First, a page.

Interocean Ships, Inc. v. Samoa Gases,

Series: 27ASR2d | Year: 1994 | 27ASR2d5
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INTEROCEAN SHIPS, INC., a Delaware corporation, Plaintiff


SAMOA GASES, a corporation, Defendant

High Court of American Samoa
Trial Division

CA No. 123-85

September 23, 1994


[1] The court has wide discretion in allowance of various cost awards in [27ASR2d6] admiralty.

Before RICHMOND, Associate Justice, and TAUANU`U, Chief Associate Judge.

Counsel: For Plaintiff, William H. Reardon
For Defendant, Arthur Ripley, Jr.

Order on Application for Costs:

On July 22, 1994, plaintiff Interocean Ships, Inc. (“Interocean”) submitted a memorandum of costs pursuant to T.C.R.C.P. 54(d). In this memorandum, Interocean requested a total of $36,006.75 for the filing fee, witness fees, depositions, expert witness fees and trial exhibits, associated with this action but not claimed and, in the court’s Opinion and Decision of May 2, 1994, denied. Interocean submitted numerous, if convoluted, exhibits in proof of these claims.

On September 21, 1994, defendant Samoa Gases (“Samoa Gases”) submitted a memorandum in opposition to these costs, claiming that witness fees and deposition expenses should have been approved prior to expenditures, and that attorney travel expenses and expert witness fees are not taxable.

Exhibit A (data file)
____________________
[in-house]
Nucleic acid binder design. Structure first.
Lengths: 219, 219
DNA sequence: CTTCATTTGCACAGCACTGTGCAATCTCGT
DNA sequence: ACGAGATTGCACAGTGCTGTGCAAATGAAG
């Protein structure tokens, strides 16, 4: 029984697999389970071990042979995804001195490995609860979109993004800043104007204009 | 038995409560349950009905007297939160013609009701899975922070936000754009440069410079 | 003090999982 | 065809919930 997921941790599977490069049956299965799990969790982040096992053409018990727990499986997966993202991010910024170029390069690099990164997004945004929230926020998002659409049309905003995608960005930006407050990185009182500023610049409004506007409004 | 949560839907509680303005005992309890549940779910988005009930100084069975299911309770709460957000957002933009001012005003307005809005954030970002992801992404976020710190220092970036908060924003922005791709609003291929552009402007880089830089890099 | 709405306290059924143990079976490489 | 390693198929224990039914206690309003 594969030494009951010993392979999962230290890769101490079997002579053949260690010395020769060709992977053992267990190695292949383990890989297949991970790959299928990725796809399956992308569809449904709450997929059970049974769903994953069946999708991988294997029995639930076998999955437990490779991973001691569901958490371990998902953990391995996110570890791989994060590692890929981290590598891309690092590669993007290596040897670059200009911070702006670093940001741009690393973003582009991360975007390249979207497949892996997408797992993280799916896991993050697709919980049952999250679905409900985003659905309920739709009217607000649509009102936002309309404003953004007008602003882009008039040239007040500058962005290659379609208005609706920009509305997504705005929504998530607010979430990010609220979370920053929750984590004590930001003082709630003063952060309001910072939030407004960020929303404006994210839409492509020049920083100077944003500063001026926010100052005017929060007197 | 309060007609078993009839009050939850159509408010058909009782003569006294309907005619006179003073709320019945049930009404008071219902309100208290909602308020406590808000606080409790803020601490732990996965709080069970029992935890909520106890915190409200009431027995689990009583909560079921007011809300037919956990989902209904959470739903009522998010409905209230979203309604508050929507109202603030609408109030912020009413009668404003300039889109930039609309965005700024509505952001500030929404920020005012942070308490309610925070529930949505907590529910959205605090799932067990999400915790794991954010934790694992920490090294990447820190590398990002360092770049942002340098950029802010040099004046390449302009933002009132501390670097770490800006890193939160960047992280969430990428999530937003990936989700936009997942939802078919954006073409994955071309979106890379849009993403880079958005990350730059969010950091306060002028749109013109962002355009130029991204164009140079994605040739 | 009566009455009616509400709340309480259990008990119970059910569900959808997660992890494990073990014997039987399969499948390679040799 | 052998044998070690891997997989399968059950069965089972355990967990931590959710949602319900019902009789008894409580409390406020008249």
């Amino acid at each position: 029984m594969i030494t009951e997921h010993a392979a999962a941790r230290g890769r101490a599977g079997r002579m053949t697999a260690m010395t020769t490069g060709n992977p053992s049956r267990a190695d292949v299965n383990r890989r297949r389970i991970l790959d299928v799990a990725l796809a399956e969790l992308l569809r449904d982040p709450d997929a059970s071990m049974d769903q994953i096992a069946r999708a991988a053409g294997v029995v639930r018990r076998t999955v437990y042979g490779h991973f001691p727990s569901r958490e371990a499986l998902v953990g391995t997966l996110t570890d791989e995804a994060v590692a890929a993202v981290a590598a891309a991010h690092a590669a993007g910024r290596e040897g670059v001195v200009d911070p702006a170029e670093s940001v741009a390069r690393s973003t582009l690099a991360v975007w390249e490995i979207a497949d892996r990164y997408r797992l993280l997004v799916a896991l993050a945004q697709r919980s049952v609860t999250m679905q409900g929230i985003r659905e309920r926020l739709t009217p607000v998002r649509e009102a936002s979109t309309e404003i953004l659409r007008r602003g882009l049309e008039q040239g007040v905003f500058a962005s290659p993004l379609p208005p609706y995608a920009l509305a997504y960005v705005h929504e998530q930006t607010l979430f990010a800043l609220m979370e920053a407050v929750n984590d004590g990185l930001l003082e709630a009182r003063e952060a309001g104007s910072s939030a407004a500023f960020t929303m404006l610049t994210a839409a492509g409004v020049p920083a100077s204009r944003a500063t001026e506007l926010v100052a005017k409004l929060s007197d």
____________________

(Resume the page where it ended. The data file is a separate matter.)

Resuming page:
[1] This court has wide discretion in allowance of various cost awards in admiralty. Compania Galeana, S.A. v. Motor Vessel Caribbean Mara, 565 F.2d 358, 360 (9th Cir. 1978); Dillingham Shipyard v. Associated Insulation Co., 649 F.2d 1322, 1329 (9th Cir. 1981). In this case, Samoa Gases’ objections as to the costs submitted by Interocean must fail. Not only is such an award within our discretion, but also Samoa Gases has submitted no admiralty cases in support of its argument.

In our previously issued decision on damages, we assessed the comparative liability of Interocean, Samoa Gases and two product suppliers, PRI and Radiator Specialty, as follows:(1)

Radiator Specialty–0%
Samoa Gases–4%

In our discretion, we grant Interocean’s application for costs using the same percentage of comparative liability. “In admiralty in particular, the court has wide latitude in [awarding costs], especially if it is felt that making such an award would produce injustice.” Stevens v. F/V Bonnie Doon, 655 F.2d 206, 210 (9th Cir. 1981), appeal after remand 731 F.2d 1433 (9th Cir. 1984).

Interocean is entitled to receive 4% of their allowed costs from Samoa Gases, the same percentage allowed them in all claims in which they prevailed. Therefore, Samoa Gases is liable to Interocean, for costs, in the amount of $1,440.27.

It is so ordered.


1. Although we are utilizing the percentages of liability assessed to settling non-parties (PRI and Radiator Specialty), we again note that we are disregarding any actual dollar amounts paid by these parties in settlement.